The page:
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Language Training for Medical Staff Can Keep Health Care from Getting Lost in Translation

Posted by The LanguageLine Solutions Team on September 13, 2018

A non-English-speaking mother-to-be arrives at a hospital to give birth, unaware that her pregnancy is high-risk. The clinic where she had her pre-natal appointments did not use professional interpreters. Instead the clinic relied on the serious news being conveyed by the woman’s sister-in-law, who did not have the heart to explain the diagnosis. The woman is told at the hospital that her child will not make it.

A 9-year-old Vietnamese girl arrives at the emergency room with what appears to be a severe stomach flu. The girls’ parents do not speak English. Instead of using a professional interpreter, hospital staff instead speaks only to the girl and her 16-year-old brother about her prescription, sending them home with instructions that the girl should return if she experiences specific side effects. The girl ends up having a negative reaction to the drug. She suffers a heart attack and dies.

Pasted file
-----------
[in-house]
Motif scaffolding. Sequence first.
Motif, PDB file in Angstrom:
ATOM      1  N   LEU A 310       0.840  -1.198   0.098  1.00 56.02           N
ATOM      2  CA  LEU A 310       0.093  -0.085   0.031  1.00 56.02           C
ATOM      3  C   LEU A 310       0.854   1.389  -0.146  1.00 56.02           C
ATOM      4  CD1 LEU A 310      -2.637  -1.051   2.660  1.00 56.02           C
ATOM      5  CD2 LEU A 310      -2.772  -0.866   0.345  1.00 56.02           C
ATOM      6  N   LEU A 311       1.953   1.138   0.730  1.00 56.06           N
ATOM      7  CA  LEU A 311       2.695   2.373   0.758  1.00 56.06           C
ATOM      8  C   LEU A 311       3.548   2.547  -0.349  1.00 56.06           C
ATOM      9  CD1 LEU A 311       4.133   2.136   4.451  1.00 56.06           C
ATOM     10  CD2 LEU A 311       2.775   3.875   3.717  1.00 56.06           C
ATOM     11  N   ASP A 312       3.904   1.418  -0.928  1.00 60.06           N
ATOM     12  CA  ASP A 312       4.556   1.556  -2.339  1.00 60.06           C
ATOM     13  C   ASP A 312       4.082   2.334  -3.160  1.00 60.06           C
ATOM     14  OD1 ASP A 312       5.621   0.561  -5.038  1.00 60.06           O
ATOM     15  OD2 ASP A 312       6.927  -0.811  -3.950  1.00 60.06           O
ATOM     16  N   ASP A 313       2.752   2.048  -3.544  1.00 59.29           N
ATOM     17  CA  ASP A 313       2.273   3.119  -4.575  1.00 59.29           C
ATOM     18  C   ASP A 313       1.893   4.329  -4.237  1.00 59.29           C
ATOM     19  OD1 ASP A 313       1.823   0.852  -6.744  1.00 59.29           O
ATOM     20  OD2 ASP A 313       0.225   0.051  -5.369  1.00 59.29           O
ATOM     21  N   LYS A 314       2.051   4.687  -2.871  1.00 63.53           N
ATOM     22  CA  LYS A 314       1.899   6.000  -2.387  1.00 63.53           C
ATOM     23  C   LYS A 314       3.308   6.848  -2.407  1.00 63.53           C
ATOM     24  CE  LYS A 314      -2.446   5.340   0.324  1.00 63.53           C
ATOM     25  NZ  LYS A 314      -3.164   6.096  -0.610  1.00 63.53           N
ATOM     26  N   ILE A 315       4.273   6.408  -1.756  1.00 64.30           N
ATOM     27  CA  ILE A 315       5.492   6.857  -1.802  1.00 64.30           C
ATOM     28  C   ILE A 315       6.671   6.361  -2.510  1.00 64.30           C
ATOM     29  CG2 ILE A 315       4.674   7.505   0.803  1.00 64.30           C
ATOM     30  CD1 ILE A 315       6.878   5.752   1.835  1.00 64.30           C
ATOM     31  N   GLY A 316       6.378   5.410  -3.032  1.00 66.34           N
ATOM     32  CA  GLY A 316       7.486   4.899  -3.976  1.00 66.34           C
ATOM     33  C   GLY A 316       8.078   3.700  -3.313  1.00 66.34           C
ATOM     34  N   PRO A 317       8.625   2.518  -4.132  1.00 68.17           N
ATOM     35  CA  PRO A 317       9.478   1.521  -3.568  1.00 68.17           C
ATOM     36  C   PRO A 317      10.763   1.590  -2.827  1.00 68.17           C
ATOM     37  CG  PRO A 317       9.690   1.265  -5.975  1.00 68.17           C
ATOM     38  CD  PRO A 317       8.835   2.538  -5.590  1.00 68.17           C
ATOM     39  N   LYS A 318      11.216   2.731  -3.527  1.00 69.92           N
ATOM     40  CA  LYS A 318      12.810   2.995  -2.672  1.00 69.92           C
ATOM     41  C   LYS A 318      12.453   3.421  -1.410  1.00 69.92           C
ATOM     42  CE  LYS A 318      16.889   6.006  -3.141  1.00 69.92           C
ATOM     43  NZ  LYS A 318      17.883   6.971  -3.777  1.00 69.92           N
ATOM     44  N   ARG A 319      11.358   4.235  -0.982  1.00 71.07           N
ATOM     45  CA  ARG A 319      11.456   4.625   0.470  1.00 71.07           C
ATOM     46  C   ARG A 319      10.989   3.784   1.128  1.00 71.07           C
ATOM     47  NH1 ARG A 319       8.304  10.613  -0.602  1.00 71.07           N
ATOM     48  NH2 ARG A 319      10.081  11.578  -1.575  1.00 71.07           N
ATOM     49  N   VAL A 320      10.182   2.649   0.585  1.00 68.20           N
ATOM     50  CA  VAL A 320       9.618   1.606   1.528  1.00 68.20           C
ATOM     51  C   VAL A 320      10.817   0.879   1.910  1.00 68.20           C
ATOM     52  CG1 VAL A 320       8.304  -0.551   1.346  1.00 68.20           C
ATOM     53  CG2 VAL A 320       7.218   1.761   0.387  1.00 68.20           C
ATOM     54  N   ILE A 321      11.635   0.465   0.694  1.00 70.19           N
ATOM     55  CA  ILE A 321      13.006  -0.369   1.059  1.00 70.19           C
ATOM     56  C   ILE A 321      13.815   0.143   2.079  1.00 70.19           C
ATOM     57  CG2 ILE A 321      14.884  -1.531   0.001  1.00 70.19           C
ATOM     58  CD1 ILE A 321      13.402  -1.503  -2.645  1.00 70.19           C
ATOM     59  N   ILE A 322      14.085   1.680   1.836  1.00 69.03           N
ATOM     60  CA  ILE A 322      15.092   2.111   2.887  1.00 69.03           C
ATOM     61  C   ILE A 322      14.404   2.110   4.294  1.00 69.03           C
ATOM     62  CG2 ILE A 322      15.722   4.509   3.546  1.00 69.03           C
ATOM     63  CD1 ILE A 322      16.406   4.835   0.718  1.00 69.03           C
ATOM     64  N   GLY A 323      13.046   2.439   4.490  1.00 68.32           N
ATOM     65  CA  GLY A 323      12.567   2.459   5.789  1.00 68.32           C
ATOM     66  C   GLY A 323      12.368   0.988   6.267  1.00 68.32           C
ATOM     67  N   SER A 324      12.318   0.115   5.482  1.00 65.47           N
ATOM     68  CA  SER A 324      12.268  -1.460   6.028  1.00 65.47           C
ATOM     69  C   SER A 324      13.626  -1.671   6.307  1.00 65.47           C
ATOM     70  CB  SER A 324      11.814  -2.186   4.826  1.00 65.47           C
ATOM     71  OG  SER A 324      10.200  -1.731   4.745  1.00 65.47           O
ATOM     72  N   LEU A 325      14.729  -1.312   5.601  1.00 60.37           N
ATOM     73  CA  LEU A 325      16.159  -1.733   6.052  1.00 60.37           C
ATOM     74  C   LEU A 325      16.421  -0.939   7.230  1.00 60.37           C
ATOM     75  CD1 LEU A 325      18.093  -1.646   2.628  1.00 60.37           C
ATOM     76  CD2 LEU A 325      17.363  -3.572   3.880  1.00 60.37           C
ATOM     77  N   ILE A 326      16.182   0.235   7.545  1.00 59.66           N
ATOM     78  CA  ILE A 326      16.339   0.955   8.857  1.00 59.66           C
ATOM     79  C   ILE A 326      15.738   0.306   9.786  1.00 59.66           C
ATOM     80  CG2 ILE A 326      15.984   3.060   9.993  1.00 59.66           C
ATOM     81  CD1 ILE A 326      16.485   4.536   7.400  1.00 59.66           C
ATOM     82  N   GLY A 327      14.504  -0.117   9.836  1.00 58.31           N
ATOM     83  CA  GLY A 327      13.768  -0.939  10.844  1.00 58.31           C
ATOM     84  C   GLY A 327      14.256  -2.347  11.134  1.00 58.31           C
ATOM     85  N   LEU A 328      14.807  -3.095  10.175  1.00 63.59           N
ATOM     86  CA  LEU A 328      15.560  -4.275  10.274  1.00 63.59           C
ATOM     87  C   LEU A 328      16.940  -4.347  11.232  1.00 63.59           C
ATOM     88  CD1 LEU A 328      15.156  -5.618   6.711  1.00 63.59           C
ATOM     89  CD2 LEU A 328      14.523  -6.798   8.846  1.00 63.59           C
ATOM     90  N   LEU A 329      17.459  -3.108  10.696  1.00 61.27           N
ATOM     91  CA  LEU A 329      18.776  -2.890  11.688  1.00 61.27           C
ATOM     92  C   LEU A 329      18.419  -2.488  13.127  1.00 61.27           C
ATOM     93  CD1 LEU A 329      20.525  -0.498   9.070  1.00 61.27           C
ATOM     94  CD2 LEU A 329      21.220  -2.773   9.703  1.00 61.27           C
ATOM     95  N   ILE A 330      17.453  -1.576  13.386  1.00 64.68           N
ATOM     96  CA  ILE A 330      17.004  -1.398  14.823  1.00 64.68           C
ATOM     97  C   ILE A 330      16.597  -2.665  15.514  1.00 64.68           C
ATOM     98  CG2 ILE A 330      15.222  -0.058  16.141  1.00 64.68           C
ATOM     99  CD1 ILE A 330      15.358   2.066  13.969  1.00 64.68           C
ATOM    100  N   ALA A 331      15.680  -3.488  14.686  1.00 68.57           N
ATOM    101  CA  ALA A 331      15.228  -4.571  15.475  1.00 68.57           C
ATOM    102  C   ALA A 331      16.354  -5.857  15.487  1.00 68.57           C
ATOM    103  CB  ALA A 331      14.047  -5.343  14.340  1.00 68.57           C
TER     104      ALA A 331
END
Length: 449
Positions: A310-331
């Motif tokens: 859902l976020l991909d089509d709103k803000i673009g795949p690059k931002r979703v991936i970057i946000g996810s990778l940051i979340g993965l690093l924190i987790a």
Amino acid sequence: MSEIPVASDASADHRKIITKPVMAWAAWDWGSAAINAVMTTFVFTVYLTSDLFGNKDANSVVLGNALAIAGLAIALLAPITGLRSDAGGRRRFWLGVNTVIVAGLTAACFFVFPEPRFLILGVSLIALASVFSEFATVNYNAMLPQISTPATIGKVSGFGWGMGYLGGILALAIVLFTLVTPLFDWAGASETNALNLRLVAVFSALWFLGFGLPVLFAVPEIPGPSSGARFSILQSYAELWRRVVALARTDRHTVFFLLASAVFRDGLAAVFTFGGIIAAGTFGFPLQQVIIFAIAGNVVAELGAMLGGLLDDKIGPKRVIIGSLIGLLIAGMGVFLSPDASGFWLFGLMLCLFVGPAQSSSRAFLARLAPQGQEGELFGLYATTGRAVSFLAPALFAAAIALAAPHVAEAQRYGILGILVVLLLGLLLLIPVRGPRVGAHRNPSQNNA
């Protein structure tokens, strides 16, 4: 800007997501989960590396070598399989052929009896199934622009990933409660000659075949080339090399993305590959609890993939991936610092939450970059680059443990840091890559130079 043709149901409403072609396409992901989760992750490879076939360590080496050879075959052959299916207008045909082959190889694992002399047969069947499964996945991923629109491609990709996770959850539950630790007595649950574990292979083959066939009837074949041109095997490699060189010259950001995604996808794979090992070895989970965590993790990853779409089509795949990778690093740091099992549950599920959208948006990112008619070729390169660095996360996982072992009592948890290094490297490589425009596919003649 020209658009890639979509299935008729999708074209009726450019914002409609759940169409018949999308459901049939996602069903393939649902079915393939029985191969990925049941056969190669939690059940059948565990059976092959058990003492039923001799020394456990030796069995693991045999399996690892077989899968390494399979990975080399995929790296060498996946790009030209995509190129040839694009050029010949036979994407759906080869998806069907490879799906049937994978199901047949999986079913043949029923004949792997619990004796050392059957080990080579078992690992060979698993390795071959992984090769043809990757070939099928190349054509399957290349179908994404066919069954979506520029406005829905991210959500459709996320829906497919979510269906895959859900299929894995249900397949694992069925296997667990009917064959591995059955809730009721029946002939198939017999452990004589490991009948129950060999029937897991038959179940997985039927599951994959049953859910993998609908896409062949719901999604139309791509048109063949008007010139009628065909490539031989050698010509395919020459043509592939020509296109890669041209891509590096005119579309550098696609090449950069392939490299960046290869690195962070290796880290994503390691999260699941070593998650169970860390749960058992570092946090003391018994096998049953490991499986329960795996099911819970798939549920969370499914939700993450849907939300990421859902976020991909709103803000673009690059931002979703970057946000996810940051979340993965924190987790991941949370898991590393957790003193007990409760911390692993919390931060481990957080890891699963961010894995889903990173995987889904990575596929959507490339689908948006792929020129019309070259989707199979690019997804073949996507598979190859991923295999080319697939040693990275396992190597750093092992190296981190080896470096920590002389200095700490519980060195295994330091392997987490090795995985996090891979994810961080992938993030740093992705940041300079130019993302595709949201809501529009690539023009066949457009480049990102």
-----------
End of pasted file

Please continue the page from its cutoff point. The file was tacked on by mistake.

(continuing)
These real-life outcomes seem as if they should have happened in days gone by. Sadly, these events took place recently. Even worse, they are not uncommon despite readily available on-demand language services.

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CASE STUDY: Rural Colorado Medical Center Uses Grant Funds to Purchase Interpreter on Wheels

Posted by The LanguageLine Solutions Team on May 9, 2018